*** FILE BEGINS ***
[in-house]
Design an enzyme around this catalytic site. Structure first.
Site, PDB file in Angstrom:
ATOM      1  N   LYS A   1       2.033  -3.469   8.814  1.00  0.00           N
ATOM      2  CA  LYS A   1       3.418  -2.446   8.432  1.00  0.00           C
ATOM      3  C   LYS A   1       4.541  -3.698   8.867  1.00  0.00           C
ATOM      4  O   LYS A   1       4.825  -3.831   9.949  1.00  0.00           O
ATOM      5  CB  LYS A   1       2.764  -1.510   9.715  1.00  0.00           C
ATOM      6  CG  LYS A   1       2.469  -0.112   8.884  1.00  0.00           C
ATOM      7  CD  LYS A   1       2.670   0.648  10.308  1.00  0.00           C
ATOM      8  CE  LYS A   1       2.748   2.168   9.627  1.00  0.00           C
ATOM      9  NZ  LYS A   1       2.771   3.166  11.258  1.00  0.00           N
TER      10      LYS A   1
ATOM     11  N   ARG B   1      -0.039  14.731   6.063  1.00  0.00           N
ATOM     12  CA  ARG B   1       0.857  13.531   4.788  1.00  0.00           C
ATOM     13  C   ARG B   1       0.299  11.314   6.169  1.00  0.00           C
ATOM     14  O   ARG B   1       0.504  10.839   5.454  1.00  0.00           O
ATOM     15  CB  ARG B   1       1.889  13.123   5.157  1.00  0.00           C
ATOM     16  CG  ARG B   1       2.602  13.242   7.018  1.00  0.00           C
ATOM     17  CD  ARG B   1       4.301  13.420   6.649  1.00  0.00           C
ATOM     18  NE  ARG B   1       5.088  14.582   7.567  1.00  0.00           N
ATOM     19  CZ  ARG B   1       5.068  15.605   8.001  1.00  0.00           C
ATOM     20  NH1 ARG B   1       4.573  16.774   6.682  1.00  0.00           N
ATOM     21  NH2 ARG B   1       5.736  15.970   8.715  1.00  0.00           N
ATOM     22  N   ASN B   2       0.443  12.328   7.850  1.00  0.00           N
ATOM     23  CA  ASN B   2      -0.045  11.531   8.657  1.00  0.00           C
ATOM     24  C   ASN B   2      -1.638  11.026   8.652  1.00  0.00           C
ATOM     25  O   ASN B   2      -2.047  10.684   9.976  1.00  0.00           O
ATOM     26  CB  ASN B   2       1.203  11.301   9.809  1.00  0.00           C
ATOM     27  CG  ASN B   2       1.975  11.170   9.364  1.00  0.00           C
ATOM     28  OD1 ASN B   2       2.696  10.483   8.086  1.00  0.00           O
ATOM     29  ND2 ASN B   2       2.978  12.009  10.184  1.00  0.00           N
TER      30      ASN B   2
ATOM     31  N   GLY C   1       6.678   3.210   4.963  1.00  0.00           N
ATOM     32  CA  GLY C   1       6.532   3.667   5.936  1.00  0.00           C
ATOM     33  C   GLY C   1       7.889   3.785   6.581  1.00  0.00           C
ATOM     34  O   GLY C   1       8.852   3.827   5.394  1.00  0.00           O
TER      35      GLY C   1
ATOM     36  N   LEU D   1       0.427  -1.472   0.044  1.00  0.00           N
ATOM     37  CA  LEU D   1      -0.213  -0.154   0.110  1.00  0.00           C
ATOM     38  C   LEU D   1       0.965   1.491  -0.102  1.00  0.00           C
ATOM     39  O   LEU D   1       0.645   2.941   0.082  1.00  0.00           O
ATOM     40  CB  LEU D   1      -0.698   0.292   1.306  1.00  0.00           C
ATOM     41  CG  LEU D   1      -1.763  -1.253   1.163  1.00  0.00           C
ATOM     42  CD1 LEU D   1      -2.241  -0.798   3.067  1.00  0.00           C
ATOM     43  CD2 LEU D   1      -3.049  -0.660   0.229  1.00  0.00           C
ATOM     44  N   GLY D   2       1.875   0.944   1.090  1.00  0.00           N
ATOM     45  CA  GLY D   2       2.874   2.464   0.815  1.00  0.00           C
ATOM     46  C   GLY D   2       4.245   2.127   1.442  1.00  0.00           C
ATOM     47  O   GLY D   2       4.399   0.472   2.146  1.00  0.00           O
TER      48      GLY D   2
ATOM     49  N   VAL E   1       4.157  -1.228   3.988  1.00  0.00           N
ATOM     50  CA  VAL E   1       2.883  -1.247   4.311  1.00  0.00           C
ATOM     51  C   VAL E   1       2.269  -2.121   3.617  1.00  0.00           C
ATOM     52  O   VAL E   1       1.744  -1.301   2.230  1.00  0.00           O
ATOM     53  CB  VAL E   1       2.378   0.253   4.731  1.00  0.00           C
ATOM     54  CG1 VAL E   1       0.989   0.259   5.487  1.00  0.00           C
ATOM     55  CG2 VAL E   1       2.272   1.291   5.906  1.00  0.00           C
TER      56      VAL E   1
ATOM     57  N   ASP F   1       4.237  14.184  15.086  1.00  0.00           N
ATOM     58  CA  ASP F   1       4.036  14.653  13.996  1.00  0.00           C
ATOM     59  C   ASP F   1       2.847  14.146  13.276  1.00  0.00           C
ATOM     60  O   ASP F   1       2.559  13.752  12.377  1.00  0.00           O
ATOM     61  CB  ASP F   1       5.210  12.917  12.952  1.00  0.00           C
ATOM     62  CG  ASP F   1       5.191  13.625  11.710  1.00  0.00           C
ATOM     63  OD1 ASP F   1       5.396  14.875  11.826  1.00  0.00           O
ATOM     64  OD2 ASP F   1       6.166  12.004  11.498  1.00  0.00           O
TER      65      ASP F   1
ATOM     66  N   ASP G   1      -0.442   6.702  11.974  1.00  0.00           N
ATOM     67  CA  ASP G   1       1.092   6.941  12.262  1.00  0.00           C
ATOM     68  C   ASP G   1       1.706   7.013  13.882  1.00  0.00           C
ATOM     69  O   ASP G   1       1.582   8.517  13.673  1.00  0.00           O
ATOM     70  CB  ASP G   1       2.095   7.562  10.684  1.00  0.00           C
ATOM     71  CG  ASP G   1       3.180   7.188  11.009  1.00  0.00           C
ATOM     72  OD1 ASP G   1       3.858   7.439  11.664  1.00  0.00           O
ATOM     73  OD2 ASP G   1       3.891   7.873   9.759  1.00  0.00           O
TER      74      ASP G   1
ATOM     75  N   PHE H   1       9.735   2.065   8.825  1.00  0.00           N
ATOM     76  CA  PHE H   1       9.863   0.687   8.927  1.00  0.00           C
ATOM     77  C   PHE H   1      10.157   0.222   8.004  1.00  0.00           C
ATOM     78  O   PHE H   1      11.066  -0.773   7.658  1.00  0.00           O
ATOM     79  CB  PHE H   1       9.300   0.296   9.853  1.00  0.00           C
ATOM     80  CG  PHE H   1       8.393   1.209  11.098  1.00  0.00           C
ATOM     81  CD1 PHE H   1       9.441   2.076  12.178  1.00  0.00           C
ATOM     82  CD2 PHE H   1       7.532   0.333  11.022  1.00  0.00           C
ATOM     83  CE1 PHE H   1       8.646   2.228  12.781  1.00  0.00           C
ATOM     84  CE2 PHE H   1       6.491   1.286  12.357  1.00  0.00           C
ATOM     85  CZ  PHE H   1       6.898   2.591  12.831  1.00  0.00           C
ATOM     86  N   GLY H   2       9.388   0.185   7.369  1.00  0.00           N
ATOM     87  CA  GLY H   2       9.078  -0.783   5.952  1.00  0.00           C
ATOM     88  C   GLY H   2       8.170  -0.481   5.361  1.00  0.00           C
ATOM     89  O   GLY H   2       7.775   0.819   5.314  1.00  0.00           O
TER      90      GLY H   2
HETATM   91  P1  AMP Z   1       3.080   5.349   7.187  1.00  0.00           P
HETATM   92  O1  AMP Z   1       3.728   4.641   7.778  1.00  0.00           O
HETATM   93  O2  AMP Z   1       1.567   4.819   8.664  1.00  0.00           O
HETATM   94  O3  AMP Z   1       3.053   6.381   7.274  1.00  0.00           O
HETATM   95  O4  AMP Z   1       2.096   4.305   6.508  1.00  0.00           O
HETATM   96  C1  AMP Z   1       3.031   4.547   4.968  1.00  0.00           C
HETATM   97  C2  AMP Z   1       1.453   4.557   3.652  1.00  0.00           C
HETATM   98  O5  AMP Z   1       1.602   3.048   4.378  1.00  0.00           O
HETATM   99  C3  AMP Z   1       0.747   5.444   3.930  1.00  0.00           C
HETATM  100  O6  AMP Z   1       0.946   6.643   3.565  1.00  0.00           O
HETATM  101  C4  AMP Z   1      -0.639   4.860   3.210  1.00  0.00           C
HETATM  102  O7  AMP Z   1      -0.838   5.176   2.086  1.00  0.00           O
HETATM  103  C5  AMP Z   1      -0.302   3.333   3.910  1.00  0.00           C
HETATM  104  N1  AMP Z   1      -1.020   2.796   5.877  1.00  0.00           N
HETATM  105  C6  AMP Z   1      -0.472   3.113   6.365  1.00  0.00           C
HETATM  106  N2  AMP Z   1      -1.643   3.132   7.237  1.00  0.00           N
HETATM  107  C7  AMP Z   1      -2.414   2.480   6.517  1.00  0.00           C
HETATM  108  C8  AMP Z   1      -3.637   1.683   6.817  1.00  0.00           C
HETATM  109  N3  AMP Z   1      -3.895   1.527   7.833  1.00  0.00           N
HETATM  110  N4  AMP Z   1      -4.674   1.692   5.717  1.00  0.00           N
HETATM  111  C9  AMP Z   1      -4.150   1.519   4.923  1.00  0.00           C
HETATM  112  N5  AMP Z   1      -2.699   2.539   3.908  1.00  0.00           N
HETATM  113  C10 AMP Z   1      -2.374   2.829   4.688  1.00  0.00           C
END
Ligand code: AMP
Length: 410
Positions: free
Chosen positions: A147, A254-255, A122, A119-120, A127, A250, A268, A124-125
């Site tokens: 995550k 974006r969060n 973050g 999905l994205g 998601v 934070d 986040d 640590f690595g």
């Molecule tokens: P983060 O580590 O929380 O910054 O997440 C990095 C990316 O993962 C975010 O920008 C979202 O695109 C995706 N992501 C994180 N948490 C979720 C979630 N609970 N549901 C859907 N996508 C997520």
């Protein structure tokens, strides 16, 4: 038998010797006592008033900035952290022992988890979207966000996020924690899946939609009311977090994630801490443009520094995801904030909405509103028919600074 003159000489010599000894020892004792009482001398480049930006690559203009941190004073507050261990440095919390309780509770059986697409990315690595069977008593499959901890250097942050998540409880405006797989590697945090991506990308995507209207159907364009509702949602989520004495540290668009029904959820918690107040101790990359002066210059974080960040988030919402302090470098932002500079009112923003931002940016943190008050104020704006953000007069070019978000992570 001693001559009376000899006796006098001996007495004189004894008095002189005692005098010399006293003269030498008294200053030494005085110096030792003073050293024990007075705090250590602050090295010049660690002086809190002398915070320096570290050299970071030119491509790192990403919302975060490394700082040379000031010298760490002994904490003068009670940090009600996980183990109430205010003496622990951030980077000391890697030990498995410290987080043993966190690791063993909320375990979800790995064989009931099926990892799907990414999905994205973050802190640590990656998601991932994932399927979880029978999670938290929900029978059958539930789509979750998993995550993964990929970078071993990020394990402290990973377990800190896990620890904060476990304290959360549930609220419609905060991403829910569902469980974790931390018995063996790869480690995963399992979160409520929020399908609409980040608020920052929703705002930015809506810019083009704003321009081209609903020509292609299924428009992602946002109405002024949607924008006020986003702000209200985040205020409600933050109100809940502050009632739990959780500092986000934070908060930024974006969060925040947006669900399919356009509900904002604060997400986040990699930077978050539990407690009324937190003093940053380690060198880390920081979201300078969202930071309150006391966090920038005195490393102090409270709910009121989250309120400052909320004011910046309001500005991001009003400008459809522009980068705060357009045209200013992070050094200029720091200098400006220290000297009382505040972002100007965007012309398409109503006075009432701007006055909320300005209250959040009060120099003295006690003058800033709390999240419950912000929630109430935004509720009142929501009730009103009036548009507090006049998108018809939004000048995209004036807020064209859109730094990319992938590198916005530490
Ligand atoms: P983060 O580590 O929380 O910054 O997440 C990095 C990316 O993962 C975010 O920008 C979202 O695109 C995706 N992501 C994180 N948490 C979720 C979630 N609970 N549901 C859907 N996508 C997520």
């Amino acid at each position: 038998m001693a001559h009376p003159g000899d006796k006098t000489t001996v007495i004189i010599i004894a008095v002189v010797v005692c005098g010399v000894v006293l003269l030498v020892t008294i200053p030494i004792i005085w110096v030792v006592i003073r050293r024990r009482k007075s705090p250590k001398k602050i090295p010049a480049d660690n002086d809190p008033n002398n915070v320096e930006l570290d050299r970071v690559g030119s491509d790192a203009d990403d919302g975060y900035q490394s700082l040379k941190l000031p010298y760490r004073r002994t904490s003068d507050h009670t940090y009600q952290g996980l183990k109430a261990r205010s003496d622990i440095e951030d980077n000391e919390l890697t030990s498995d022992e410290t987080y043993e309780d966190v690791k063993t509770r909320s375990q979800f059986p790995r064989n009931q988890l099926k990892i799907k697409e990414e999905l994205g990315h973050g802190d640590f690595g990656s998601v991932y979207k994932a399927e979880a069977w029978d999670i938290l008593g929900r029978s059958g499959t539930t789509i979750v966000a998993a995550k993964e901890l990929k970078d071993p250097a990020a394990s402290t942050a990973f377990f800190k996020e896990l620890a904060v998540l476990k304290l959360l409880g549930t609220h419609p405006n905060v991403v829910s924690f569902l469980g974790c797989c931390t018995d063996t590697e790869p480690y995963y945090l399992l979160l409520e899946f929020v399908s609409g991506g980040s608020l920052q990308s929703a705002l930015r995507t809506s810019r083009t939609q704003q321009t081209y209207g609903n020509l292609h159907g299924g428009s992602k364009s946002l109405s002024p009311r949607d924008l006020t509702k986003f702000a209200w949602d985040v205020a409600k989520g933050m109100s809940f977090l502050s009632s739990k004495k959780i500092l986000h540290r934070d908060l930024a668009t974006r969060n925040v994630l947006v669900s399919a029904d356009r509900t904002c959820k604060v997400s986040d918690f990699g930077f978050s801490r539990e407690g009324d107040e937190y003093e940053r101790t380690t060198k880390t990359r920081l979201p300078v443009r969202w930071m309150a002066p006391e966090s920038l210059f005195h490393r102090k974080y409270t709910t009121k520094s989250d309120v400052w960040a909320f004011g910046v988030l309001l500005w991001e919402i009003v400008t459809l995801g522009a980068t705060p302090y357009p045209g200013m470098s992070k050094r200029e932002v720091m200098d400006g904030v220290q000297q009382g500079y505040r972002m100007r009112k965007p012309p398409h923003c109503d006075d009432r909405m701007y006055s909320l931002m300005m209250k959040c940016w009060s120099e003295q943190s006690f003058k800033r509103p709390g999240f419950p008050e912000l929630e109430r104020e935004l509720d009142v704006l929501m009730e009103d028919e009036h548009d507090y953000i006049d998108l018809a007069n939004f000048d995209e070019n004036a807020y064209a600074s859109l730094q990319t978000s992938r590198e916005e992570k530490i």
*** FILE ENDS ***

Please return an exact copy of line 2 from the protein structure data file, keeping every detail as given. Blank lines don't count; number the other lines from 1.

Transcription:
Design an enzyme around this catalytic site. Structure first.